Announced on November 29, 2019 by FIFA’s President Gianni Infantino and launched on August 10, 2022 in Tanzania by Confederation of African Football (CAF) President Patrice Motsepe, the Africa Super League will kickoff for the first time in August 2023.
“This is one of the most exciting projects in the history of African football and will significantly contribute to the development and growth of the quality and competitiveness of football in Africa,” said Motsepe in an announcement. CAF will invest a total of $200 million in the tournament to develop both men and women’s football in its 54 member countries, train the next generation of football players and channel money into its other competitions.
The organisers add that this tournament will help “support the growth of club football, the construction and maintenance of football infrastructure and facilities” and keep “football talent” in Africa.
Originally comprising 24 clubs from 16 countries, the latest reports indicate that there may only be eight teams competing now.
The Africa Super League will run alongside the existing African Champions League, which takes place from February 10 to June 9.
The 10th men’s Rugby World Cup will feature 20 countries and take place from September 8 to October 28 in nine venues across France, with sports pundits predicting that the three-time hosts led by Antoine Dupont will win the trophy for the first time. Their main challengers will be New Zealand, reigning champion South Africa, who beat England in the 2019 final, and Ireland. However, Scotland also boasts a squad of talented players and Italy could well emerge as an unexpected challenger.
France and New Zealand will kick off the tournament at the Stade of France. The final match will also be held in this stadium, located north of Paris.
Chile will make its first ever appearance at the Rugby World Cup and Portugal will return for its second appearance after 16 years.
The OSIRIS-REx is the first NASA mission that collected a sample from an asteroid. The spacecraft left Earth on September 8, 2016 at 7:05pm EDT and reached the Bennu asteroid (formerly known as 1999 RQ36), chosen due to its composition, size and proximity to Earth, on December 3, 2018. It successfully collected a small sample of dust and pebbles on October 20, 2020 and is expected to arrive back to Earth on September 24.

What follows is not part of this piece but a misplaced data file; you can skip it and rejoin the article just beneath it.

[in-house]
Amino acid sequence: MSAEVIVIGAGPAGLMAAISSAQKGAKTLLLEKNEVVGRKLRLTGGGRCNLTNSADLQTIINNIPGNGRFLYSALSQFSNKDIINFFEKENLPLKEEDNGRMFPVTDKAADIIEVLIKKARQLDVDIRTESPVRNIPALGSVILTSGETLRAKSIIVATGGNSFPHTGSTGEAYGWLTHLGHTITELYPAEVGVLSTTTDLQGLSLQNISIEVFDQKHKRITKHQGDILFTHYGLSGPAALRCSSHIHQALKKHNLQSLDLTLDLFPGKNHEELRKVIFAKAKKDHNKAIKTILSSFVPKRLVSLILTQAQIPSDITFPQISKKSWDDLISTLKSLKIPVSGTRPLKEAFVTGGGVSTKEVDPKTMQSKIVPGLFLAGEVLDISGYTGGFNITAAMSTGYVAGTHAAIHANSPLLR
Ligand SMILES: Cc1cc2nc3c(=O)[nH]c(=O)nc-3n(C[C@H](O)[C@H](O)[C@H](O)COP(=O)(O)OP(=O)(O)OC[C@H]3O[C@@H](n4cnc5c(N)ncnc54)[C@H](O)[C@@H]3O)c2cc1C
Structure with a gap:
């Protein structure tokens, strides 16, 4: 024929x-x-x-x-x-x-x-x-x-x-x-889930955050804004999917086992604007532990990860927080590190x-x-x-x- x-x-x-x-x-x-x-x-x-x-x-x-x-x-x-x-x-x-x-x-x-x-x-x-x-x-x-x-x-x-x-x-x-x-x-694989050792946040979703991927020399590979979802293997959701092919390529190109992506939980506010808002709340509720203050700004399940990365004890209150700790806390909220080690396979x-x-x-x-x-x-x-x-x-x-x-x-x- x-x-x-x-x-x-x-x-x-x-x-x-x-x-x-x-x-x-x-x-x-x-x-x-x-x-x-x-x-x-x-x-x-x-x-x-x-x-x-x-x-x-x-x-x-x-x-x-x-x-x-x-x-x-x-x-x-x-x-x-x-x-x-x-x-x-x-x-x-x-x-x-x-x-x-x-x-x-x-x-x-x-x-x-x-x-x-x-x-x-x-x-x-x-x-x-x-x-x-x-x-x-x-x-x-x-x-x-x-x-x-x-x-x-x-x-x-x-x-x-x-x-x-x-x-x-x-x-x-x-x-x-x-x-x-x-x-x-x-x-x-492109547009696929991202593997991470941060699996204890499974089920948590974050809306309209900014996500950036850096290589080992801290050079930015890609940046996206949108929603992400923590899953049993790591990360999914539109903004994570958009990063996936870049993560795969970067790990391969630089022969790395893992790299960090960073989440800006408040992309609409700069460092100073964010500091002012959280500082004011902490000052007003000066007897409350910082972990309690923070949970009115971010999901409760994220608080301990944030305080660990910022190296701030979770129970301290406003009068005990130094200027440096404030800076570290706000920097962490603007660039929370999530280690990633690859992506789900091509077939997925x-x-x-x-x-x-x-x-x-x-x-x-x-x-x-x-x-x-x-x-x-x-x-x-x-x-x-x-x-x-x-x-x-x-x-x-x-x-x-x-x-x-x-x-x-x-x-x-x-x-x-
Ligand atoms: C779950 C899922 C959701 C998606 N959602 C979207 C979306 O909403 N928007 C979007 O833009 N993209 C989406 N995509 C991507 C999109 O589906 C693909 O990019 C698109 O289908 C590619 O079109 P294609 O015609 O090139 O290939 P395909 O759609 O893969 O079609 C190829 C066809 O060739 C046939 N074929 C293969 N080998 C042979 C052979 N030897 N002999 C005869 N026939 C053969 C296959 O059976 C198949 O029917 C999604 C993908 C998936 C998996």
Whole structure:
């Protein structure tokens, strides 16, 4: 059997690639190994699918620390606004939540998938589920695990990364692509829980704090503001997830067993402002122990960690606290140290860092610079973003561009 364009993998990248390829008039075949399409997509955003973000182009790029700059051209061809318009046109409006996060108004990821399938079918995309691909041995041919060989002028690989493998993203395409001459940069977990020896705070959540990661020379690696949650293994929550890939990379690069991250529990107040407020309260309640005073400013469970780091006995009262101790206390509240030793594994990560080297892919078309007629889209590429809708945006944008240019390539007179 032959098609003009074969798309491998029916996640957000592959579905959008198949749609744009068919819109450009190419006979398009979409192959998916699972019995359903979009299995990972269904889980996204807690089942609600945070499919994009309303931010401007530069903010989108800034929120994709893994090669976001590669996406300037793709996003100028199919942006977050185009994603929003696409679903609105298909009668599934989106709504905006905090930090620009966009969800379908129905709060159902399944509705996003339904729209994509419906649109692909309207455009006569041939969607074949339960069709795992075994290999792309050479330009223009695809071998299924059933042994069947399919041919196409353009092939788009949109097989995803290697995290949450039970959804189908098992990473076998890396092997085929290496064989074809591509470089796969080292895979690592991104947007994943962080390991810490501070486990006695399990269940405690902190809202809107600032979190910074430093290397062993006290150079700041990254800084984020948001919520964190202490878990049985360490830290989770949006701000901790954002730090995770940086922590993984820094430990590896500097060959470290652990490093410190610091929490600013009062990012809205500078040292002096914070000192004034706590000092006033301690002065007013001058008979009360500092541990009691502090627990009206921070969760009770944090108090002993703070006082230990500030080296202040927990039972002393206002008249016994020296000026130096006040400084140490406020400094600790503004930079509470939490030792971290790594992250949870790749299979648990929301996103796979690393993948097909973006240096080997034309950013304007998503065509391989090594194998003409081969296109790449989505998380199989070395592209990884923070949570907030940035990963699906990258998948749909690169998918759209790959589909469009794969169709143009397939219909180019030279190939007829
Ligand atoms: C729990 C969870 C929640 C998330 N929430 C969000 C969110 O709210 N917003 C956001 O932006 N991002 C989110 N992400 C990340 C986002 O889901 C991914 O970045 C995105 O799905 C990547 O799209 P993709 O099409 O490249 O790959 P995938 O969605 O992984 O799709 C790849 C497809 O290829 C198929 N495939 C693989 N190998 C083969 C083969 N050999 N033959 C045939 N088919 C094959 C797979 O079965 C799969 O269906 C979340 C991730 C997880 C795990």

This mission will help scientists at the Utah Test and Training Range, a military testing and training area attached to the Department of Defence, find out more about how planets formed, how life began and better understand asteroids that could impact Earth in the future.
Pakistan faced much political and climate-related turmoil this past year. Former prime minister Imran Khan, leader of the centrist Tehreek-e-Insaf party and a former cricket star, was ousted from power in April following a vote of no confidence. He was replaced by Shehbaz Sharif, head of the Muslim League-Nawaz party, who presides over a coalition government. Major flooding in August then left one-third of the country underwater, resulting in the displacement of more than 33 million people, at least 1,400 deaths and over $30 billion in economic losses.
Khan has continued to hold huge anti-government rallies since being removed from power, despite being wounded in a failed assassination attempt in November. He also said that the current government is illegitimate and that he was ousted from government as part of a US-backed coup, without providing evidence.
Although no official date has yet been given for when the elections will be held, they must take place by October 12 at the latest, as per the country’s constitution. Khan, who is rising in popularity among his country folk, is pressuring the government to hold them sooner and says that he will only govern Pakistan if he secures a two-thirds majority.
COP27 in Egypt was seen as a disappointment as “no progress” was made to reduce greenhouse gas emissions and abandon fossil fuels, said French Energy Transition Minister Agnès Pannier-Runacher in a statement. The UAE will host COP28 from November 30 to December 12 in Dubai, becoming the second Middle Eastern country to host a COP.
“We have only one planet, and with that in mind, it is imperative that we partner and work together in a spirit of determination and optimism,” said Sheikh Mohammed Bin Zayed Al Nahyan, president of the UAE, in an announcement on November 23, 2022. He added that COP28 will be the country’s most important event of 2023.
The UAE was the first country in the MENA (Middle East and North Africa) region to ratify the Paris Agreement and announce its commitment to achieving net zero carbon emissions by 2050. Critics have pointed out however that it sent 1,000 delegates to COP27, the largest delegation of any country, 70 of whom were linked to oil and gas companies. Furthermore, at least 30 percent of the Gulf nation’s GDP comes from oil and gas, with much of the remaining amount coming from industries heavily linked to fossil fuel consumption, such as airlines, tourism and construction.
President Emmanuel Macron saw his decision to push through a change in the retirement age as necessary, but the price may be high.